Braving the hordes of road warriors leaving for their Thanksgiving holiday, a capacity crowd heard the Boston Symphony Orchestra under Andris Nelsons in Beethoven’s Piano Concerto #1 in C, Op. 15 with redoubtable soloist Rudolf Buchbinder, and Bruckner’s Symphony #4 in E-flat Major on Tuesday. Allowing for the occasional gripe, this concert showcased the orchestra’s brilliant play in its fourth season with this leader.
In the concerto, we heard the orchestra’s evolving gifts as accompanying partner. The tempos in the outer movements were aggressively brisk, but never out of control. Beethoven’s scintillating scales and streams of notes were articulated with breathtaking clarity, lines that were divided between sections were handed off seamlessly, and the sections balanced each other beautifully. Every last detail could be heard in the counterpoint, enveloping the soloist without ever pulling focus from him. And the wind choir, led by flutist Elizabeth Rowe, oboist John Ferrillo, clarinetist William Hudgins, and bassoonist Richard Svoboda, blended together stunningly. Their many chorale-like passages were weighted ever so slightly towards oboe and bassoon in the more martial outer movements, and towards the clarinet in the slow movement to create a delicate Mozartian piquancy. And arpeggio figures bubbled up in flexible response amidst string and solo figures with peppy insouciance.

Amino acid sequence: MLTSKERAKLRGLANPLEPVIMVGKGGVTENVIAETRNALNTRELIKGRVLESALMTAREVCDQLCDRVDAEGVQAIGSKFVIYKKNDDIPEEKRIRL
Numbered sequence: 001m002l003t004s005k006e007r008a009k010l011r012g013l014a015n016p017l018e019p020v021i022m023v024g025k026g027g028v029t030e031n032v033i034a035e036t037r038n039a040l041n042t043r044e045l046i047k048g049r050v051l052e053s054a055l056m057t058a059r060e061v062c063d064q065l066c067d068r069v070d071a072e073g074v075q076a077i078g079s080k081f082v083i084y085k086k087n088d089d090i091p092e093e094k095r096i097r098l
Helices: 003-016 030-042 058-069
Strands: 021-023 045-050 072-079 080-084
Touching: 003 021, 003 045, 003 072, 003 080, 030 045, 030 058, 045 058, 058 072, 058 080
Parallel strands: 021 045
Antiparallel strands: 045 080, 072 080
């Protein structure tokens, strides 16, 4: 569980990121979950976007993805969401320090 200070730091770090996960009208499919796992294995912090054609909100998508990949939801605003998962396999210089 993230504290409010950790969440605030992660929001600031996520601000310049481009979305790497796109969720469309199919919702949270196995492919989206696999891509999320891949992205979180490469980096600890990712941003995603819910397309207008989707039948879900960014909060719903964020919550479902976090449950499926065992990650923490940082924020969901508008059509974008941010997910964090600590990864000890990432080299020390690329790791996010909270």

The soloist came across as a disappointment by comparison. Buchbinder knows these concertos backwards and forwards, having recorded complete cycles of them twice and performed them countless times. He dipped and swayed, seemed to be humming along merrily as he played, and watched carefully for some of the trickier dovetailing moments with the wind soloists. His playing of the outer movements had his characteristic flashy, muscular tone, but I missed the nuance, the dynamic shading and shaping, and the phrasing that the orchestra was placing around him. Fast scales got muddy and lost rhythmic point, and repeated figures were played with a disappointingly predictable sameness, over and over again, in the music of this most evolutionary of composers. It was only in Beethoven’s cadenza to the first movement where Buchbinder seemed to come alive musically, playing with more rhythmic flexibility and sense of drama. And the best playing of the night came in the slow movement, where the lyrical theme was handled with poetic sensitivity and the ensemble with the wind soloists was gorgeous. If the rest of the concerto had matched this level of playing, it would have been special indeed.